‘You who enter my door, may your highest hopes be exceeded’ reads the inscription over the entryway to the Ali Ben Youssef Medersa, and after almost six centuries, the blessing still works its charms on visitors. Sight lines are lifted in the entry with carved Atlas cedar cupolas and mashrabiyya (wooden-lattice screen) balconies, while the courtyard is a mind-boggling profusion of Hispano-Moresque ornament: five-colour zellij walls, stucco archways, cedar windows, and a marble mihrab (niche in a mosque indicating the direction of Mecca).
Founded in the 14th century under the Merenids, but fully kitted-out with its exuberantly ornate decoration in 1565 in the Saadian era, this Quranic learning centre was once the largest in North Africa, and remains among the most splendid.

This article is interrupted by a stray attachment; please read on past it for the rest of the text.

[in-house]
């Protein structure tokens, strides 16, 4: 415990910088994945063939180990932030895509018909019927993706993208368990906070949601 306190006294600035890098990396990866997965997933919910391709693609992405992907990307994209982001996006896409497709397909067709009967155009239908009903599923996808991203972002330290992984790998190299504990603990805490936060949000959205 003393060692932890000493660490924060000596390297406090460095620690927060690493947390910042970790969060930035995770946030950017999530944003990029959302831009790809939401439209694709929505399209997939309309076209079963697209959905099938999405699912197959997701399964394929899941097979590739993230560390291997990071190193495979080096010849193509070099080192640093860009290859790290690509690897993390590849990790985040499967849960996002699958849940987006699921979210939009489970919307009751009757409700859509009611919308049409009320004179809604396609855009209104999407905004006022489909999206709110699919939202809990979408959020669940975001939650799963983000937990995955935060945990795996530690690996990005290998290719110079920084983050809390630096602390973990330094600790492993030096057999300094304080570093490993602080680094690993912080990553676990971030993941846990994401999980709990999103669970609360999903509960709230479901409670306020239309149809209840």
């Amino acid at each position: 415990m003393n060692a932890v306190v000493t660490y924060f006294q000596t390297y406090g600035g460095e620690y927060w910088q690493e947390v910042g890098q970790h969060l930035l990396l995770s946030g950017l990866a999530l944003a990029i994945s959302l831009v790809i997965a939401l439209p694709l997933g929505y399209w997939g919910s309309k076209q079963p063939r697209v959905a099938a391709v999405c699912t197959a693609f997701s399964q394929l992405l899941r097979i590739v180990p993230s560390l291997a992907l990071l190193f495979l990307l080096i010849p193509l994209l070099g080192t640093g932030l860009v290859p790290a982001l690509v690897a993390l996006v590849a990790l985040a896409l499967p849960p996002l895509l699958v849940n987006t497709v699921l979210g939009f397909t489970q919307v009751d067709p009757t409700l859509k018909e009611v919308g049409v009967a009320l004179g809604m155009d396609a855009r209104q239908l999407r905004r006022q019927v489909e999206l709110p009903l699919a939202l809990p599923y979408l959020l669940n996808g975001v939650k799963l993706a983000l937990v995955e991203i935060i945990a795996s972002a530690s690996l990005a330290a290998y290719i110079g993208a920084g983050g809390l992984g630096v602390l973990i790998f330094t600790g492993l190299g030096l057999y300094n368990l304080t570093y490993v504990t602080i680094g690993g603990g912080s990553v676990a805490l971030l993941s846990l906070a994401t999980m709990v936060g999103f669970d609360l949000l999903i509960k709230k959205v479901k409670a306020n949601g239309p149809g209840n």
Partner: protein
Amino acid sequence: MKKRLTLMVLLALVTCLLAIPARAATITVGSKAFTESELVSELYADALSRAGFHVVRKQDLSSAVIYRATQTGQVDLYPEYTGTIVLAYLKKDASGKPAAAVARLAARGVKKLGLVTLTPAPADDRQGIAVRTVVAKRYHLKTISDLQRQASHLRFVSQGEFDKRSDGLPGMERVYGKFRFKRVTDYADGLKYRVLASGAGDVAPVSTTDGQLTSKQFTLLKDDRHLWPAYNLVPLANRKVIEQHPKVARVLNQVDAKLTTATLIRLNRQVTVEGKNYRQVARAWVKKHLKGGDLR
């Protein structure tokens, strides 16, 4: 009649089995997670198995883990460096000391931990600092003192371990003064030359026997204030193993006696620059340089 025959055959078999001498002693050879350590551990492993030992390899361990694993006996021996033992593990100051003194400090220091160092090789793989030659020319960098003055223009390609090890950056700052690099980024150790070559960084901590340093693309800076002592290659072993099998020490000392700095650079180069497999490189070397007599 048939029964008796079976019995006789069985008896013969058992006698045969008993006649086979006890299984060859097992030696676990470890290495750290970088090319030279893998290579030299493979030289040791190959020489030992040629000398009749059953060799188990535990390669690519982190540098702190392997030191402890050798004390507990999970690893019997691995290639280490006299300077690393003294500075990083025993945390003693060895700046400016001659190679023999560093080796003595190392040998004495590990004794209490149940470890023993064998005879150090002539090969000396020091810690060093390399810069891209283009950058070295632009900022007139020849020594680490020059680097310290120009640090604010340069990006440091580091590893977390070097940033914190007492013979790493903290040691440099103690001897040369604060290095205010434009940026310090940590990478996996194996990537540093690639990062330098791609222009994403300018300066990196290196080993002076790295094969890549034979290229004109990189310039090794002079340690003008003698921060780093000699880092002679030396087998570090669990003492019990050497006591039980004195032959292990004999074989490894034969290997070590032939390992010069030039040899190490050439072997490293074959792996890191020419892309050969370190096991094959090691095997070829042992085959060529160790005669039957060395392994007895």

The medersa (theological college) is affiliated with nearby Ali ben Youssef Mosque, and once 900 students in the 132 dorms arranged around the courtyard studied religious and legal texts here. Despite upgrades with its 19th-century renovation, the Ali ben Youssef Medersa gradually lost students to its collegiate rival, the Medersa Bou Inania in Fez, but even today – long after the students finally left – this old seminary still exudes magnificent, studious calm.